Did a door open to Street? Black vote could aid former mayor
WAS MILTON just a warm-up act? With the primary election over, Mayor Nutter can celebrate an easy win over former state Sen. T. Milton Street, who raised no money and still owes more than a million bucks in back taxes.
WAS MILTON just a warm-up act?
With the primary election over, Mayor Nutter can celebrate an easy win over former state Sen. T. Milton Street, who raised no money and still owes more than a million bucks in back taxes.
But Nutter's margin of victory - he took 76 percent of the vote to Street's 24 percent - has left the general-election door cracked open for a third-party candidate. And a close look at the returns shows that Nutter's support is softest among many of the city's African-American voters.
All of this creates an opening for former Mayor John Street, a frequent critic of Nutter, who upped the ante yesterday by telling the Daily News that he will "seriously consider" a run as an independent for mayor or for City Council at large in the Nov. 8 election.
Street seemed encouraged by the number of voters who turned out for his older brother.
"That may be a distinction without much difference, but it does provide a healthy base upon which to build a campaign," Street said in an email. "Mayor Nutter has not yet created a vision for the city, nor has he even come close to announcing a plan to get there."
Although Nutter won the primary by a substantial margin, the results confirmed what polling has shown over the years: that his support is weaker among African-American voters than among white voters. In many of the city's most densely African-American wards, Milton Street pulled more than 40 percent of the votes.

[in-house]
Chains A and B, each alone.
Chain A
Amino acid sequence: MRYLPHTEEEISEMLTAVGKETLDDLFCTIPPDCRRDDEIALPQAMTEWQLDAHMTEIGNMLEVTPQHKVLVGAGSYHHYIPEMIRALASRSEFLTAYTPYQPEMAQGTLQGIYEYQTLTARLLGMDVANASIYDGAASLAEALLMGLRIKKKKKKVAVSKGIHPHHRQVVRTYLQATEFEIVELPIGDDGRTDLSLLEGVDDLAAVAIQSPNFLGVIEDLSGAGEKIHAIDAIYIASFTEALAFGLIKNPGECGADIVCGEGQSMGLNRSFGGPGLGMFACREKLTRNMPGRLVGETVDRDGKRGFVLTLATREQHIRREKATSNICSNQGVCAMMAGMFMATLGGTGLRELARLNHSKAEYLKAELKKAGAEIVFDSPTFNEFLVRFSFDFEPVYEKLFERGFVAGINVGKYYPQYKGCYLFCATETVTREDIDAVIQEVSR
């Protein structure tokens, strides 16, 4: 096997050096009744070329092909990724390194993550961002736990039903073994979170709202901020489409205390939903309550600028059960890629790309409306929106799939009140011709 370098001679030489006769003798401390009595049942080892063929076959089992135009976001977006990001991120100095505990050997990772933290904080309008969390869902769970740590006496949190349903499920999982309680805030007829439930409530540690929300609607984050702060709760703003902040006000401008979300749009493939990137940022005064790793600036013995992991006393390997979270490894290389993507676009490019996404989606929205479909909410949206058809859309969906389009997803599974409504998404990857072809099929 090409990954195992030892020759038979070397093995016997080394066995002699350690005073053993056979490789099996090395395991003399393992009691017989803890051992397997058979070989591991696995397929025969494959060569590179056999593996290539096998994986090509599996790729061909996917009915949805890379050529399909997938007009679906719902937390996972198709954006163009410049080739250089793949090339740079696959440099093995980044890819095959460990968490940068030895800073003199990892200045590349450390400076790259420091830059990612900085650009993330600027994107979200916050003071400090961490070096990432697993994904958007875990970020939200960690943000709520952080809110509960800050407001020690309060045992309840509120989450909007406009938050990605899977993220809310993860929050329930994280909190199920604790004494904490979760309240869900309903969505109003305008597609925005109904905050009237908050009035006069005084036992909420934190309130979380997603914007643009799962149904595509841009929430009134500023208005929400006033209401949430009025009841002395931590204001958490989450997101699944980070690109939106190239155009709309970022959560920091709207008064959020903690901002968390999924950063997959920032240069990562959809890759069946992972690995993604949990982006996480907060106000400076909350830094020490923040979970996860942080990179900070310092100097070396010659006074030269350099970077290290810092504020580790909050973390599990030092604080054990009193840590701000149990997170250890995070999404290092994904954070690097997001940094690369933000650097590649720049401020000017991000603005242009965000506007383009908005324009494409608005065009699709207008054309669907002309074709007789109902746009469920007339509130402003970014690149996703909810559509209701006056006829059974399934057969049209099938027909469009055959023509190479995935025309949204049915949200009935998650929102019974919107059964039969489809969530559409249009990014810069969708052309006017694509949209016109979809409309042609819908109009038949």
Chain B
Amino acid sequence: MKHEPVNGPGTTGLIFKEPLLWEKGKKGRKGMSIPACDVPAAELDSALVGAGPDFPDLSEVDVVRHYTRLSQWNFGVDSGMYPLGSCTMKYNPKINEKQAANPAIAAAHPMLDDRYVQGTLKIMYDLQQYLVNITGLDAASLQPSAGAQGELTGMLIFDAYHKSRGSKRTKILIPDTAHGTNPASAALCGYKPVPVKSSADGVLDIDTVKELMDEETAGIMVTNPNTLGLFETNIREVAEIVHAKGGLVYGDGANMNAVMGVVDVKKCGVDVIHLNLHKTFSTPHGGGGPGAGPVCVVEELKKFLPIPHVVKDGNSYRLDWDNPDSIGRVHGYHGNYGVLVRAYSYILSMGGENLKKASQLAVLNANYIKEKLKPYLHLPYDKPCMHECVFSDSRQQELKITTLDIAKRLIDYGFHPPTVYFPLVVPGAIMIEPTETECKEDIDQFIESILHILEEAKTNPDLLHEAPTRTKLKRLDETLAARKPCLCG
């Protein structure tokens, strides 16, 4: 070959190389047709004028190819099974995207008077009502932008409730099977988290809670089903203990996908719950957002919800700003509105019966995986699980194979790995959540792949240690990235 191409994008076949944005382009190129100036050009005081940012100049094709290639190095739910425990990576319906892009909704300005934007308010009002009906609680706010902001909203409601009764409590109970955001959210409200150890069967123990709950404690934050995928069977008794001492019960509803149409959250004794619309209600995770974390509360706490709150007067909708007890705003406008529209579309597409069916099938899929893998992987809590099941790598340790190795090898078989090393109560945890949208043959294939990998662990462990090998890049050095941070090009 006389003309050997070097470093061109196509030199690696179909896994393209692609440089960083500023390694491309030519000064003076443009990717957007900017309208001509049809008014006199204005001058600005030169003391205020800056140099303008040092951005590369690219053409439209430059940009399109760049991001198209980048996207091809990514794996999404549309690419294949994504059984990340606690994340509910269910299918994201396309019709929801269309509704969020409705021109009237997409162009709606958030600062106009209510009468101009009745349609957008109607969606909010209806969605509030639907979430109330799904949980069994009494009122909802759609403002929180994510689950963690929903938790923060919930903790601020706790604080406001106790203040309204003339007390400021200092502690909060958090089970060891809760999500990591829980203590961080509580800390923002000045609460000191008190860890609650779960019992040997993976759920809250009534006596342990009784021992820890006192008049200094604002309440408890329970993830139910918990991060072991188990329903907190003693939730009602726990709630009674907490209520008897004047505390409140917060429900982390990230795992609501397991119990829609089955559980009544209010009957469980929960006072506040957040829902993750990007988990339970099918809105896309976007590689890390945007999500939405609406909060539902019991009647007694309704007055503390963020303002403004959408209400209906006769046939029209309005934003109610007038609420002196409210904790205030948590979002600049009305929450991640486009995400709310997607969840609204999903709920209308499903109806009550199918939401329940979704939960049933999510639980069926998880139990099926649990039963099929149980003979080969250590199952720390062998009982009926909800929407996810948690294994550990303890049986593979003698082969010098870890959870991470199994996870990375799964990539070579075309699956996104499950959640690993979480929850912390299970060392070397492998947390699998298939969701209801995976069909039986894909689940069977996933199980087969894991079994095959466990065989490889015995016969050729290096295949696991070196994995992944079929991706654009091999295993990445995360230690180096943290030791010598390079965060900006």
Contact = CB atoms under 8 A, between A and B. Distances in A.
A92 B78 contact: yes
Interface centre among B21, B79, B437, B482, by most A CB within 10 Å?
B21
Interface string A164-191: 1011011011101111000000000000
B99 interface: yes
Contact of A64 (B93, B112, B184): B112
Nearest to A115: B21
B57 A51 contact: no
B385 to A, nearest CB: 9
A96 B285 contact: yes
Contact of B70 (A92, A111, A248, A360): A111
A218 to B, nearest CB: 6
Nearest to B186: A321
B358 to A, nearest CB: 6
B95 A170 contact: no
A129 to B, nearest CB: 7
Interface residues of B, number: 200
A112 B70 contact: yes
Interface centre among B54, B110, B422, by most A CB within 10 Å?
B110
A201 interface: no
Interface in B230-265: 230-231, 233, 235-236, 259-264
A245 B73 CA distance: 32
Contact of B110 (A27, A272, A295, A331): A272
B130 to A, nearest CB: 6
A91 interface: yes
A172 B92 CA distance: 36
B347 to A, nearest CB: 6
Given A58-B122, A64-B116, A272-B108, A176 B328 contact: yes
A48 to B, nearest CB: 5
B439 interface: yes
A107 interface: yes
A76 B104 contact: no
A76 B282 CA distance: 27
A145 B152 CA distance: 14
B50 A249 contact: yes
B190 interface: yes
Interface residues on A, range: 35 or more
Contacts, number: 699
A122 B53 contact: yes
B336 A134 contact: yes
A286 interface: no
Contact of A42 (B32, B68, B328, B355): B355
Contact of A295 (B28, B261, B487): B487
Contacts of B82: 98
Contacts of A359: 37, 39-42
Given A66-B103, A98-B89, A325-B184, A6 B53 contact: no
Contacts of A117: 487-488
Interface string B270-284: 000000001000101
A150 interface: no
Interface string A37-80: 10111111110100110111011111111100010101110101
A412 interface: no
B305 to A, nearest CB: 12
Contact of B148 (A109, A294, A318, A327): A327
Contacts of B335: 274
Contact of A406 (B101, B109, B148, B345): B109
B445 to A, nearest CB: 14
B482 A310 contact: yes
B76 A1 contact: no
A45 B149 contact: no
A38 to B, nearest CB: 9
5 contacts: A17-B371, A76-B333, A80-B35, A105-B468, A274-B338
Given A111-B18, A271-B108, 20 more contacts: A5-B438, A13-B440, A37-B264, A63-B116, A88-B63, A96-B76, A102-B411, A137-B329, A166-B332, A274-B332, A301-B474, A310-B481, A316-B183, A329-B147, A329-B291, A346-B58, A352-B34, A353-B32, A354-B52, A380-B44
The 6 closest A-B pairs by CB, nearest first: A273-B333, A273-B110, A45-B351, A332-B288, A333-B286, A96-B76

Nutter's spokeswoman, Sheila Simmons, said that some of that result could be attributed to the city's economic decline.
"For the most part, the mayor received overwhelming support," Simmons said. "What he has said in the past is that he understands that there is anger out there and there is pain out there tied to the financial picture, and certainly it hits African-Americans harder."
A close look at five predominantly African-American North Philadelphia wards where Milton Street took more than 40 percent of the vote suggests that they were likely never Nutter strongholds to begin with. A review of the returns in the 2007 primary showed that in each of those wards, U.S. Rep. Chaka Fattah and state Rep. Dwight Evans took more votes combined than Nutter.
Political analyst Ken Smukler said Nutter may not have been able to win over those voters due to the city's economic woes.
"It may be, in fact, that this has always been the weakness for Nutter, not caused by anything he did in office," Smukler said. "It's possible because of the economic downturn there really was no way to overcome the weakness."
Smukler said that the results could provide an opening for a general-election candidate but that the situation would best help someone who could also attract Republicans.
"I think the problem that [John] Street has, is he probably doesn't get 100 percent of the Republican vote," Smukler said.
John Street switched his registration from Democrat to independent on April 18 on the deadline for candidates who want to make an independent run in the general election. He would need to file at least 1,845 signatures on nominating petitions by Aug. 1 to land a spot on the Nov. 8 ballot.